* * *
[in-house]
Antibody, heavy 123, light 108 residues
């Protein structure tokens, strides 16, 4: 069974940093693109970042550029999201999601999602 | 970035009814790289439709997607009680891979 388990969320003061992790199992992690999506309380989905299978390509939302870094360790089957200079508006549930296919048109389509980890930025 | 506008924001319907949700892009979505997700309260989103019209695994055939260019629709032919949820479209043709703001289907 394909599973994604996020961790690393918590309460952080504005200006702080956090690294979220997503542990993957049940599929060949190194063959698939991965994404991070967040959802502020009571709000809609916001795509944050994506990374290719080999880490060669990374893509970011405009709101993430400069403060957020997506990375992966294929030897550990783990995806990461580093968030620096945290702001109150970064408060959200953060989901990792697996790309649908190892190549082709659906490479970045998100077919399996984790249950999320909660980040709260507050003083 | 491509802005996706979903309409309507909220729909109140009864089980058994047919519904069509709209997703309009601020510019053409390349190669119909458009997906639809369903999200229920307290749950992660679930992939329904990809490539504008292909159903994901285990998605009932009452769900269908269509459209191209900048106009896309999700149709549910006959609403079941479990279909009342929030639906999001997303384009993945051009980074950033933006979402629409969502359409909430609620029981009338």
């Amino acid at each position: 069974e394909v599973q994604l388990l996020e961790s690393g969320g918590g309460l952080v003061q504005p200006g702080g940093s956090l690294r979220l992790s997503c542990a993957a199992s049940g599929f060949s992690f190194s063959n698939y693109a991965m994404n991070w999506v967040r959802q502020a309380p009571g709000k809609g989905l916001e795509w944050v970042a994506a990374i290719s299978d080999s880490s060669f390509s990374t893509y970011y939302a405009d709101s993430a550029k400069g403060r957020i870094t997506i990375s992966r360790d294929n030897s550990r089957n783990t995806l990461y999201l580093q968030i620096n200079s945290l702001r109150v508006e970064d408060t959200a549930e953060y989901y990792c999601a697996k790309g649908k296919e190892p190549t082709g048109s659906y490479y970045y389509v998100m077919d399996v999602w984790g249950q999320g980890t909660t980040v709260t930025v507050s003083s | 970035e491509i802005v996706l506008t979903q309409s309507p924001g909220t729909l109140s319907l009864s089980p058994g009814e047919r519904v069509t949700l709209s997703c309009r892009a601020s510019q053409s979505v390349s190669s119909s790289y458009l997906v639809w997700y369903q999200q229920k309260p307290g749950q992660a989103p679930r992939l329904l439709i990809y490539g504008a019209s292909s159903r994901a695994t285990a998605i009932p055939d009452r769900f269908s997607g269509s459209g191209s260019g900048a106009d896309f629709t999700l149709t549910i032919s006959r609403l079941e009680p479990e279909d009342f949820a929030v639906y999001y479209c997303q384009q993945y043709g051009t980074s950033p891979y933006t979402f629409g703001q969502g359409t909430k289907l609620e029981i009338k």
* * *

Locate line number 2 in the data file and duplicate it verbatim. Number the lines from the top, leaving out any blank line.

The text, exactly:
Antibody, heavy 123, light 108 residues